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Reach Out, Feel Good 

Editor's Note: Flourishing by helping others

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It's easy to feel put-upon by the seemingly endless details of our daily lives. Frustrations mount, and suddenly we're just not happy. "I need some me-time!" is a common outcry.

But beware that it might not provide the oomph you're looking for. A study published this spring looked at nearly 500 subjects who were assigned to one of several groups. Some performed acts of kindness for the world or others, from volunteering to picking up litter; some performed acts of kindness to themselves, like taking a day off; and a control group was advised to just go on about their regular lives.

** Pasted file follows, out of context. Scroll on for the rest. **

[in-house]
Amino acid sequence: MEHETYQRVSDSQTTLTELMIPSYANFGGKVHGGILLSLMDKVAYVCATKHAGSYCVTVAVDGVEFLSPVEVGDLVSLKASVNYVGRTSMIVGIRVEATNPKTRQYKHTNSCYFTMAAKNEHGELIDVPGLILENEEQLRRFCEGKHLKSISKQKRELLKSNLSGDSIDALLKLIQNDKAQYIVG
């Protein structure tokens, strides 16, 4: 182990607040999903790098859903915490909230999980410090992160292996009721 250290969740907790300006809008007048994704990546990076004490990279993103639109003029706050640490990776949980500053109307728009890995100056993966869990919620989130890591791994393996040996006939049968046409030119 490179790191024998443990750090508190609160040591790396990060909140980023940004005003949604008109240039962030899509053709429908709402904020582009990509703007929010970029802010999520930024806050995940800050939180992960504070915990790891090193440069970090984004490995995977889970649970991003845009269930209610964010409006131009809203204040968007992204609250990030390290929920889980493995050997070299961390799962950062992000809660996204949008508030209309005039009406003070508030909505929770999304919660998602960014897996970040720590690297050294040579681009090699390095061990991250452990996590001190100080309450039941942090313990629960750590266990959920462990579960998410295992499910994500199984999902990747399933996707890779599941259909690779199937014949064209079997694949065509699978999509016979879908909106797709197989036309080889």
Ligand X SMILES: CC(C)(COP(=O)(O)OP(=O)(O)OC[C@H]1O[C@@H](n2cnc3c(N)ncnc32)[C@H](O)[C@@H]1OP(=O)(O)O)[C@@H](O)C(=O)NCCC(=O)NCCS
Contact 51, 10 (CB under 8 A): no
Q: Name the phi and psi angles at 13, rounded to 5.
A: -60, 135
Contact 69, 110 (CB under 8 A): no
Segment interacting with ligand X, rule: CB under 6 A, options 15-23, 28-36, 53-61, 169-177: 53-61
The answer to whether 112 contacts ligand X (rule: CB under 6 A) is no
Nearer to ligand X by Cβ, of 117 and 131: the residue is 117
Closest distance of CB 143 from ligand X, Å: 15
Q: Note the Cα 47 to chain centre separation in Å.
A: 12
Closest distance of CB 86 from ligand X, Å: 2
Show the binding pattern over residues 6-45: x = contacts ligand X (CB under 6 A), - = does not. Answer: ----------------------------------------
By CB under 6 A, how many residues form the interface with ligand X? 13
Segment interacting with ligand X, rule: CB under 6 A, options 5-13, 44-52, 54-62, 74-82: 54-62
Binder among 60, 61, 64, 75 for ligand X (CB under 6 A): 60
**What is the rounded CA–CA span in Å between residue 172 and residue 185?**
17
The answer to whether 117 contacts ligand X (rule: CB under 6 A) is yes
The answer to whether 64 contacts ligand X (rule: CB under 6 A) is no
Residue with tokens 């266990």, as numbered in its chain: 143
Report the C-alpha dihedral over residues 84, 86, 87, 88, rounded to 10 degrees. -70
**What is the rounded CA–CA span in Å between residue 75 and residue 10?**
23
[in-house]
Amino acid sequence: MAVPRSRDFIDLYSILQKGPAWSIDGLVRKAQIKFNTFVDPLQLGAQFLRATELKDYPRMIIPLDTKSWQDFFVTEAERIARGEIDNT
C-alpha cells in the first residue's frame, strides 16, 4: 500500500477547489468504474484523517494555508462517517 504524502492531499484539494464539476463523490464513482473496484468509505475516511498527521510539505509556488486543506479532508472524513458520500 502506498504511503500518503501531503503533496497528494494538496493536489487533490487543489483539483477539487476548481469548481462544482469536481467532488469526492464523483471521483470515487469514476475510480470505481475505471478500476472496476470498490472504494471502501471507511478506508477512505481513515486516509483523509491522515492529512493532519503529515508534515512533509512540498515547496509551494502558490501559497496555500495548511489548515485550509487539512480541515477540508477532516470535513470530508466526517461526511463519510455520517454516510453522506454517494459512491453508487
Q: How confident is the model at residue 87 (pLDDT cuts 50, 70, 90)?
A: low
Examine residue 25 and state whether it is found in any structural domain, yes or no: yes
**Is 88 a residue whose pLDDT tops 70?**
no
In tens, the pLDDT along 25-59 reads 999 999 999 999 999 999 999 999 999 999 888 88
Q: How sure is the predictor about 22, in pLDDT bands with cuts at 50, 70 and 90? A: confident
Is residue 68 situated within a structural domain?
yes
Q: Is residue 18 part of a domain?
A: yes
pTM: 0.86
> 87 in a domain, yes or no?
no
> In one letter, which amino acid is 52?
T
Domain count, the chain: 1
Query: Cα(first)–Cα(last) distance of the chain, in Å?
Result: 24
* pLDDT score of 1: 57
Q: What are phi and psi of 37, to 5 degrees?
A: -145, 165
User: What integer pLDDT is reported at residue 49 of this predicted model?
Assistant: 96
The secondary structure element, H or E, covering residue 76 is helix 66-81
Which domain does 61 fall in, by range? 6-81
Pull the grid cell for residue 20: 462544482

Afterwards, subjects filled out questionnaires on their well-being. The participants who "helped out" showed improvements in "flourishing" — with improved positive thoughts and decreased negative emotions. The other groups had no gains. The authors say, "People striving for happiness may be tempted to treat themselves. Our results, however, suggest that they may be more successful if they opt to treat someone else instead."

Our cover story features local folks who have gone to great lengths to lend a hand. But there's plenty to be done right here in the Inland Northwest. Next time you're feeling "in disgrace with fortune and men's eyes," as Shakespeare so perfectly stated, consider reaching out instead of looking in. Go to to be matched to a volunteer opportunity. Or just treat someone to a cup of coffee. It'll do you good.

To your health!

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